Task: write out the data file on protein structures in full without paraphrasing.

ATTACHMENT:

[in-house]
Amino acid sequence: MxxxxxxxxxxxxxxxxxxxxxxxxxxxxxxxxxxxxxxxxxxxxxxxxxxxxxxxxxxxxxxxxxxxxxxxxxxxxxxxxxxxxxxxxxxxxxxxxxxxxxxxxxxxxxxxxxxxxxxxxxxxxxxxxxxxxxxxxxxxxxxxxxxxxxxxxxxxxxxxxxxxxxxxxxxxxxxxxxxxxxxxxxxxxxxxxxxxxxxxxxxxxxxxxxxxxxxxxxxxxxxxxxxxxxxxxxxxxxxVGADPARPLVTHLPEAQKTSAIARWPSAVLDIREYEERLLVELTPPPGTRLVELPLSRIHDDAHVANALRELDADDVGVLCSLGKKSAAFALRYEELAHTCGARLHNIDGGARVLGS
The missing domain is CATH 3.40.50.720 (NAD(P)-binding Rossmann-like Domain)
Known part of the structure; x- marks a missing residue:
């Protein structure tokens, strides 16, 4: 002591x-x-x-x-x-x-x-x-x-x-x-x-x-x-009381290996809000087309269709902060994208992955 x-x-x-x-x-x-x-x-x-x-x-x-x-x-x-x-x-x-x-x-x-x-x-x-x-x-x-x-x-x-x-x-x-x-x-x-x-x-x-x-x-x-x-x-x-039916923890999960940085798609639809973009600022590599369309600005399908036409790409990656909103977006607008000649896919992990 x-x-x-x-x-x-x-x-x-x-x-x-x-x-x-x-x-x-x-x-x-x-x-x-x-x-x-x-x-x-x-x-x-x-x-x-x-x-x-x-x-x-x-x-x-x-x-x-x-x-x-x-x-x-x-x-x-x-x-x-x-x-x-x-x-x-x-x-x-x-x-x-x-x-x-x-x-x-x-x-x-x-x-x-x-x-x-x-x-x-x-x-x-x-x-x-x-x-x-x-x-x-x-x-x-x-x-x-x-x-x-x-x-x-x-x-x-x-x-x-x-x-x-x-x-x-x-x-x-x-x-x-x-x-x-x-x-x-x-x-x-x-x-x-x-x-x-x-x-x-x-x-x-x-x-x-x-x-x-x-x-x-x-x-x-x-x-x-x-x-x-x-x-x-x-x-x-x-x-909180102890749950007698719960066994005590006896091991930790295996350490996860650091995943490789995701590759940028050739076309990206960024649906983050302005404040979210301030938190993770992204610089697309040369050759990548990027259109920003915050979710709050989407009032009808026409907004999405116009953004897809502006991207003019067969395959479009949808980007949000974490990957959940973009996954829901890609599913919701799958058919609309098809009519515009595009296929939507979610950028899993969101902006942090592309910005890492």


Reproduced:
[in-house]
Amino acid sequence: MxxxxxxxxxxxxxxxxxxxxxxxxxxxxxxxxxxxxxxxxxxxxxxxxxxxxxxxxxxxxxxxxxxxxxxxxxxxxxxxxxxxxxxxxxxxxxxxxxxxxxxxxxxxxxxxxxxxxxxxxxxxxxxxxxxxxxxxxxxxxxxxxxxxxxxxxxxxxxxxxxxxxxxxxxxxxxxxxxxxxxxxxxxxxxxxxxxxxxxxxxxxxxxxxxxxxxxxxxxxxxxxxxxxxxxxxxxxxxxVGADPARPLVTHLPEAQKTSAIARWPSAVLDIREYEERLLVELTPPPGTRLVELPLSRIHDDAHVANALRELDADDVGVLCSLGKKSAAFALRYEELAHTCGARLHNIDGGARVLGS
The missing domain is CATH 3.40.50.720 (NAD(P)-binding Rossmann-like Domain)
Known part of the structure; x- marks a missing residue:
């Protein structure tokens, strides 16, 4: 002591x-x-x-x-x-x-x-x-x-x-x-x-x-x-009381290996809000087309269709902060994208992955 x-x-x-x-x-x-x-x-x-x-x-x-x-x-x-x-x-x-x-x-x-x-x-x-x-x-x-x-x-x-x-x-x-x-x-x-x-x-x-x-x-x-x-x-x-039916923890999960940085798609639809973009600022590599369309600005399908036409790409990656909103977006607008000649896919992990 x-x-x-x-x-x-x-x-x-x-x-x-x-x-x-x-x-x-x-x-x-x-x-x-x-x-x-x-x-x-x-x-x-x-x-x-x-x-x-x-x-x-x-x-x-x-x-x-x-x-x-x-x-x-x-x-x-x-x-x-x-x-x-x-x-x-x-x-x-x-x-x-x-x-x-x-x-x-x-x-x-x-x-x-x-x-x-x-x-x-x-x-x-x-x-x-x-x-x-x-x-x-x-x-x-x-x-x-x-x-x-x-x-x-x-x-x-x-x-x-x-x-x-x-x-x-x-x-x-x-x-x-x-x-x-x-x-x-x-x-x-x-x-x-x-x-x-x-x-x-x-x-x-x-x-x-x-x-x-x-x-x-x-x-x-x-x-x-x-x-x-x-x-x-x-x-x-x-x-909180102890749950007698719960066994005590006896091991930790295996350490996860650091995943490789995701590759940028050739076309990206960024649906983050302005404040979210301030938190993770992204610089697309040369050759990548990027259109920003915050979710709050989407009032009808026409907004999405116009953004897809502006991207003019067969395959479009949808980007949000974490990957959940973009996954829901890609599913919701799958058919609309098809009519515009595009296929939507979610950028899993969101902006942090592309910005890492």